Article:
WD: No, when we moved to Whitestone, my husband got a job in a shipyard there, near the water, and I guess he contracted his colds there and he lingered for thirteen years that way.

ES: A respiratory problem?

WD: No. And later, after he had died, I found out that he was diabetic. He was in and out of the hospital every year. First he started out with lobar pneumonia and then he continued... for thirteen years he didn't work.

ES: Getting back to where you lived, did you ever go out of your house and just look at the sandbanks.

 

page 8

WD: We used to go largely to the beach, Bar Beach at that time. Now it's fenced in. Years ago, you just had to go across the street and you were in the water. It was nice. It wasn't so crowded with people as it is now.

ES: How did you feel about moving into your own house at the sandbanks?

WD: I didn't like it because it was so isolated. 'Till I got acquainted with all the ladies, all the neighbors across the street. They had all these little bungalows there. And one of them where I used to carry the pails of water, for washing the clothes, washing the house. 'Cause we had no water where we lived. The neighbors were very nice. And then Langone's store, Marino's store, and that was all. But we enjoyed it because we had friends to come over to the house.

ES: Were there any social activities that the sandbank companies sponsored, like dances?

WD: Not that I know of.

ES: Could you tell us a little about the school?

WD: It only went up to a certain grade and from there they had to go to Port Washington schools. It looked like an ordinary house, but outside they had a fire escape. Otherwise, you wouldn't think it was a school. It was off on a hill, but it's not there any more.

 

page 9

ES: Do you remember when it went?

WD: No, I don't. Because then I moved away and I lived away from Port Washington for quite a while.

ES: Did you ever visit your daughters in the school?

WD: Oh, yes. I don't remember the teachers. They liked it. They stayed in the school until they were about six or seven years old.

ES: When was your first daughter born?

WD: She would be now, let's see, 56 years old if she had lived. My son is 51, he's the youngest one.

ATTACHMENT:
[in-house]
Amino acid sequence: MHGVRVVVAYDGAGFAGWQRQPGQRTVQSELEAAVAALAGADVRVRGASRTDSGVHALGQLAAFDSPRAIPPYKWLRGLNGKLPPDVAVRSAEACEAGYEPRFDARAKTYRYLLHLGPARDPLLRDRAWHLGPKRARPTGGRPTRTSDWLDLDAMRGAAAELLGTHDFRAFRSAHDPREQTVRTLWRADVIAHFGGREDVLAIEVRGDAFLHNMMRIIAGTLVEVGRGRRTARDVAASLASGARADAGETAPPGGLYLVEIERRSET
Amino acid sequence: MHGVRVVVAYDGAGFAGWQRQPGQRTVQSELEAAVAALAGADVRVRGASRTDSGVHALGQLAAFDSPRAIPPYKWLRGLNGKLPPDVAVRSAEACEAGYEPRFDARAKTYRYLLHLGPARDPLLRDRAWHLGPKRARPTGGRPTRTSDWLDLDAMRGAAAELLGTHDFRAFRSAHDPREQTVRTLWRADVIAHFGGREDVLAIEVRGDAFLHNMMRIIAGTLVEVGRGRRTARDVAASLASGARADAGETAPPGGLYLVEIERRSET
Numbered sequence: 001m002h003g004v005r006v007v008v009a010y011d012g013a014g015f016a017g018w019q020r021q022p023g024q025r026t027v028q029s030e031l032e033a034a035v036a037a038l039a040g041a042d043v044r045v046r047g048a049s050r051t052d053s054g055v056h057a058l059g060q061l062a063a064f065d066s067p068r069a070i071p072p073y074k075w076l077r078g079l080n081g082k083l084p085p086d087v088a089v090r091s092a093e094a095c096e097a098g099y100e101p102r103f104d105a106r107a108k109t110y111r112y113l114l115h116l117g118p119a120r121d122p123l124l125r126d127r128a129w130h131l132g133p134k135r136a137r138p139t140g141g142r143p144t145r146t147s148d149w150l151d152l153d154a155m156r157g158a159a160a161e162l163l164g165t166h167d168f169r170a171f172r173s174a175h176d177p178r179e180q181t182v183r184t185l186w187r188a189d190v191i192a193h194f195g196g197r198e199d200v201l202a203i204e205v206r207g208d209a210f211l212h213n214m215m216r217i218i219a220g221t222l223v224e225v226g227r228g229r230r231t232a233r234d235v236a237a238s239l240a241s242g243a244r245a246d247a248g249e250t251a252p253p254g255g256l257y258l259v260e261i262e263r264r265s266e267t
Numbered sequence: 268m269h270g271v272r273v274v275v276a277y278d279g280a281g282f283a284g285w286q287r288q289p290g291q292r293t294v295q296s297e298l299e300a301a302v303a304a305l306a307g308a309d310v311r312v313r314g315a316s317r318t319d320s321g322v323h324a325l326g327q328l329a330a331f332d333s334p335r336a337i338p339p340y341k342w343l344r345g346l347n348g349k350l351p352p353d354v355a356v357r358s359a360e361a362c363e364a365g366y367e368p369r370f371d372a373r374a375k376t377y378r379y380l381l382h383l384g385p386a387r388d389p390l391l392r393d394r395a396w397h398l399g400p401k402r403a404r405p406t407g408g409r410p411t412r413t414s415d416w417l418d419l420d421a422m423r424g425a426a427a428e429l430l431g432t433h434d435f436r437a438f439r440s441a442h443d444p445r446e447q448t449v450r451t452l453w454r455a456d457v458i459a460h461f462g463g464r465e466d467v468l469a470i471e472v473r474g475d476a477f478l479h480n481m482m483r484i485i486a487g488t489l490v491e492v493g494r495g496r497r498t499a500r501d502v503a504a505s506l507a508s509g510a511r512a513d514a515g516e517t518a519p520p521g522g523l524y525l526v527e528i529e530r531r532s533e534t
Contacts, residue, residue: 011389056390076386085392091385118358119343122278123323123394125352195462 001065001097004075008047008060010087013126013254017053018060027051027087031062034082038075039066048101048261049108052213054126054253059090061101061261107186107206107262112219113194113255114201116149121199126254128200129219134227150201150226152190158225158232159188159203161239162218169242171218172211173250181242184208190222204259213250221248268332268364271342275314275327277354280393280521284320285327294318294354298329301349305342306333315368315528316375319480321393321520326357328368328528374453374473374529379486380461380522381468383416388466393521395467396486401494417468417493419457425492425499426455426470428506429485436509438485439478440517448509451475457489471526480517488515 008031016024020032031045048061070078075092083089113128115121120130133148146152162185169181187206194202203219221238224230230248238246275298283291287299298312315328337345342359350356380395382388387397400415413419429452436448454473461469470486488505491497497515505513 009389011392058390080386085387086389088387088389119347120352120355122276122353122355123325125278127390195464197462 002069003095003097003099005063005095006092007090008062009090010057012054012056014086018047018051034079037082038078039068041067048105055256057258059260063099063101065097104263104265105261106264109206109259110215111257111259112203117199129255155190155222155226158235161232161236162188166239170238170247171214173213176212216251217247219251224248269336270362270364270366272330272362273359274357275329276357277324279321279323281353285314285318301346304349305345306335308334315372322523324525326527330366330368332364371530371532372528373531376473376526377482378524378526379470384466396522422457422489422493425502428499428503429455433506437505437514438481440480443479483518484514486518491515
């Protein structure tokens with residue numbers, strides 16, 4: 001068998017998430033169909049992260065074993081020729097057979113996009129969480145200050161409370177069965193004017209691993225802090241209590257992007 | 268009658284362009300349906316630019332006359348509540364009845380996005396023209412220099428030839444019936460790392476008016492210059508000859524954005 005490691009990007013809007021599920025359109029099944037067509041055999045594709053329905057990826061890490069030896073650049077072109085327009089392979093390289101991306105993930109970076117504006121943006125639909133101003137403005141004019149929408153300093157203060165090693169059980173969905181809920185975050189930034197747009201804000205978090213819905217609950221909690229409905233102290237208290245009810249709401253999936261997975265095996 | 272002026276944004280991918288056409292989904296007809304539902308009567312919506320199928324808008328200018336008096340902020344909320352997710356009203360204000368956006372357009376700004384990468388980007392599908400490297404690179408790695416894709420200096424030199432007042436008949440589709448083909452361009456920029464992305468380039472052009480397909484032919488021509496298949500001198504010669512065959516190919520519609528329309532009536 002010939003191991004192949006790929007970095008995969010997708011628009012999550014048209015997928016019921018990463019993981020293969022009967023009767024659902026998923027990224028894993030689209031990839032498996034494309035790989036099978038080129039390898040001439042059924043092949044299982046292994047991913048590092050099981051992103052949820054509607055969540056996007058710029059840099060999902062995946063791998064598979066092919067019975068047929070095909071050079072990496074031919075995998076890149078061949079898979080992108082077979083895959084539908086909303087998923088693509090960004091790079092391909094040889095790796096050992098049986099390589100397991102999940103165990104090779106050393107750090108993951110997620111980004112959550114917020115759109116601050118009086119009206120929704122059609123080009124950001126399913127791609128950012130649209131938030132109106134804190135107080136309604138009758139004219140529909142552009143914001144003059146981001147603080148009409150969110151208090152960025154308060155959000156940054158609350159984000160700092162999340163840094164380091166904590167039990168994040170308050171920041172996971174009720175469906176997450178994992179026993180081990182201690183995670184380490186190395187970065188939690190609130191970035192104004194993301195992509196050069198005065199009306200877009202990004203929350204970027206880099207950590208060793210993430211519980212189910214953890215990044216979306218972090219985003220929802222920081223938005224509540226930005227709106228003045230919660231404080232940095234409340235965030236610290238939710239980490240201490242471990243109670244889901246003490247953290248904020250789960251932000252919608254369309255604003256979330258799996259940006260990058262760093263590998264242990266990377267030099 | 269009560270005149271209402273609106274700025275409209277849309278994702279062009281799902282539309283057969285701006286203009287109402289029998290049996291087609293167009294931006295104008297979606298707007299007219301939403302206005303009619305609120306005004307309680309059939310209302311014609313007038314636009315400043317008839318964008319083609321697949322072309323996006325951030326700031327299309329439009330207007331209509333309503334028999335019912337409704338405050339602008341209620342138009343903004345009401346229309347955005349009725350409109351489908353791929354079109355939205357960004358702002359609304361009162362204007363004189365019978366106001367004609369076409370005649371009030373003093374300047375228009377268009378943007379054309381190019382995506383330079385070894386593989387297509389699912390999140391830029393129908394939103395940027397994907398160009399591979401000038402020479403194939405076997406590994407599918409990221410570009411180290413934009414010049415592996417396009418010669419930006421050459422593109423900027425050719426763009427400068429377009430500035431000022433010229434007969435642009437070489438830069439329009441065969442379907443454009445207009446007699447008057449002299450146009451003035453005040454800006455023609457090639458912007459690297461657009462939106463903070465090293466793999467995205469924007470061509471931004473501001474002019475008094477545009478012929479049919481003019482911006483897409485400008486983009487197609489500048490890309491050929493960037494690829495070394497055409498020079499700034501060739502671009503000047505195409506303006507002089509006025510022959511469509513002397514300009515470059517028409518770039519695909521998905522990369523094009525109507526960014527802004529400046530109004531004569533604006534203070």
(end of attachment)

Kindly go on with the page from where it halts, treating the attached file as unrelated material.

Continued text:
ES: Would you have wanted him to work in the sandbanks?

WD: No, because I wanted him to go to school. Take up architecture. He's a painter now. My brothers worked in the sandbanks. Steven (Kline) worked for Metropolitan, and Dominic (Kline) worked for Colonial.

ES: Is he still working there?

 

page 10

WD: Yes.

ES: What kind of work did your brothers do?

WD: Steven is a mechanic.

ES: Can you describe what is involved.

WD: I guess fix whatever was wrong with the trains or whatever. And my brother Dominic, he was on the cranes, then he got to be head one at the union and I don't know whether he still is, but he's the one who ran the trains, a very smart boy. That's all I know about my brothers.

ES: How long has Dominic worked in Colonial?

WD: A long, long time, I don't know how many years, but that was his only job, I believe. Steve, too, quite a few years.

ES: Ten, twenty, thirty?

WD: I don't know for sure.

ES: What does working the crane involve?

 

page 11

WD: I don't know, 'cause I never went in to the banks itself where they work. It was dangerous and we weren't allowed to go there. You never know when something will fall down when the crane is carrying the sand or whatever.

ES: Did your daughters enjoy growing up in that area?

WD: Well, they didn't mind. But when they moved out when they got older, they enjoyed themselves more 'cause we were among people. There was nothing there at the banks for the children.

ES: There was no playground or library in the banks?